686. Living in an apartment - when the dishwasher breaks, I can call the office with a maintenance request and then go run errands while they fix it (that's more than worth not being to paint the walls whatever color I want)
687. Tiny Brie - exactly the amount (and the price) that I needed!
688. That every day ends
689. Brooklyn's chair collection - everywhere we go, she wants to see the chair backs. Because they're all different (oh, to be so easily amused!)
690. Getting a delayed response from a company on their supply ethics - delayed, not because they were stalling, but because they were researching
691. Sitting in Adam's chair while Brooklyn brought me books to read together
692. The yarn I needed being half-off (those particular colors have been discontinued - but they're still pretty!)
693. Getting to try a new Mexican restaurant (with gluten-free options!) with Adam, and both thoroughly enjoying it
694. Three handwritten letters in the mail in one day
695. Stopping by the Farmer's Market on the way to church for peaches and coffee
696. A Sunday afternoon drive to Conway for blizzards
697. That Adam only has to work three days this week before he's off again (huzzah for leave!)
698. Adam teaching Brooklyn how to drink from a straw (the proper way, as opposed to having it dripped out the bottom)
699. Going for a drive to get Icees with Brooklyn while Adam vacuumed our apartment
700! First #fmfpartysnailmail letter - very sweet and encouraging!
701. The GoGoSqueeze I needed for Brooklyn being on sale - 3 boxes of four ended up costing less than 1 box of 12, and we got our choice of three different flavors this way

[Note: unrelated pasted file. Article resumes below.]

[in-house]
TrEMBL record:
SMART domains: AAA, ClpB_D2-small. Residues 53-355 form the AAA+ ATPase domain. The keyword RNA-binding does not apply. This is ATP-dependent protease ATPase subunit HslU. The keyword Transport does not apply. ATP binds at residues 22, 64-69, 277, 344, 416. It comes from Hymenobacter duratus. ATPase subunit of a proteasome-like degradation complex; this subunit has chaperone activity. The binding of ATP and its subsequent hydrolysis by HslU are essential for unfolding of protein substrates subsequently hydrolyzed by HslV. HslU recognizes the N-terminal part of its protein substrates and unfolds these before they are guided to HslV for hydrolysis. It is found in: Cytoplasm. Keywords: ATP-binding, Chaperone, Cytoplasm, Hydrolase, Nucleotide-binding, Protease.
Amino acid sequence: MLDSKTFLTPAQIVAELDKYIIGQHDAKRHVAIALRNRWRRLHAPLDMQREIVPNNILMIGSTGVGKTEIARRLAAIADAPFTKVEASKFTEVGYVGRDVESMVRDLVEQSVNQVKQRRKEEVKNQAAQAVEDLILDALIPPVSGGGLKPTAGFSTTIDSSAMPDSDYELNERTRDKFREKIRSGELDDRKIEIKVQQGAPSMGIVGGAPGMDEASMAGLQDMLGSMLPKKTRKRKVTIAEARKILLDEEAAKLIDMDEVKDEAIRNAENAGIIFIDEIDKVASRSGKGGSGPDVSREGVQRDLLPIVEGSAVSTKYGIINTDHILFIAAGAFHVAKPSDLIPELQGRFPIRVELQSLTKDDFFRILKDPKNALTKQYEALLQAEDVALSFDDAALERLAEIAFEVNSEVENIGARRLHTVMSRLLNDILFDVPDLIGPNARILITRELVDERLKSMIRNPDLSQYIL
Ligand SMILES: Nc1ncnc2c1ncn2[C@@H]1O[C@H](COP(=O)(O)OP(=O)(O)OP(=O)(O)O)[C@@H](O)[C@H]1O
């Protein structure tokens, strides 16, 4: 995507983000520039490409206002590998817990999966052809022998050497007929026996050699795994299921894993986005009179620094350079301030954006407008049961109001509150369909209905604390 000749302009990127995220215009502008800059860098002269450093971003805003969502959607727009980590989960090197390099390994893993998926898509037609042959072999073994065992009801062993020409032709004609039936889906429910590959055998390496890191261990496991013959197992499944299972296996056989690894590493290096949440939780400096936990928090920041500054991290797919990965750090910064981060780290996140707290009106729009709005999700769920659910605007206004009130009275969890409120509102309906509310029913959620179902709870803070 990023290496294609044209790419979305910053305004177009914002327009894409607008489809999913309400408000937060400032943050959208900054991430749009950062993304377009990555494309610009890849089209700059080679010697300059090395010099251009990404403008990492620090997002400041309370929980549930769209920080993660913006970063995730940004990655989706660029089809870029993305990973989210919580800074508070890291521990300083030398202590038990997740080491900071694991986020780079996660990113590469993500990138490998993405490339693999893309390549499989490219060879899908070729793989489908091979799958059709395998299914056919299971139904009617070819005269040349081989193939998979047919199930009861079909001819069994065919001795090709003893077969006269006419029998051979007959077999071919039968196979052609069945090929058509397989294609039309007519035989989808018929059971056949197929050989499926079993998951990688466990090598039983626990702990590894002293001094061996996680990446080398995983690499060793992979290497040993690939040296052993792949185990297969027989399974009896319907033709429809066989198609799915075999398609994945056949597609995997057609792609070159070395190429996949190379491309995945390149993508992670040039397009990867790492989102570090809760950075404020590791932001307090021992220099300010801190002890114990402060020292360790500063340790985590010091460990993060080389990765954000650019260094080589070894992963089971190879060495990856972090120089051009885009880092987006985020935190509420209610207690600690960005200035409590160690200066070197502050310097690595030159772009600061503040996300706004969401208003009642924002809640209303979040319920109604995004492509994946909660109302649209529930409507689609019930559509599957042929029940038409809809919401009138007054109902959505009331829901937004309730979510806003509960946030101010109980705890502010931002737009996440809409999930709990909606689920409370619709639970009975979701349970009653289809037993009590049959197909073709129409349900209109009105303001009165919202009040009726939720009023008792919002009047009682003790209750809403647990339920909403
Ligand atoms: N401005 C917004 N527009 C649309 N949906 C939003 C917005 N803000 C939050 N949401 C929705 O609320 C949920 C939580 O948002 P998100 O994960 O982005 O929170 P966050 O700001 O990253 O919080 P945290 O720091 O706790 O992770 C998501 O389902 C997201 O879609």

702. Getting a follow-up call from someone at church about teaching a knitting class (we've made it to the finalizing-dates stage!)
703. Adam getting home late from volunteering with STEP after work, so I didn't feel bad about taking a bath and enjoying every minute of a long soak
704. A delicious grilled cheese sandwich with aioli from Dempsey Bakery - reminds me of the grilled cheese at Little Bread Company in Fayetteville (best grilled cheese ever) that is sadly not gluten-free
705. The peaches still being on sale at Kroger (not as good as farm-fresh, but still pretty good)
706. Having a gluten free/dairy free gingerbread cookie in my bag to share with Brooklyn while we sat in the car and waited for the rain to let up (also, the really-pouring not starting until after we got in the car, so we weren't trapped in the grocery store)
707. Brooklyn poking me in the stomach and saying "tigga, tigga!" after reading about tickling a baby gorilla in her touch-and-feel book (I think that's the first time she's heard the word)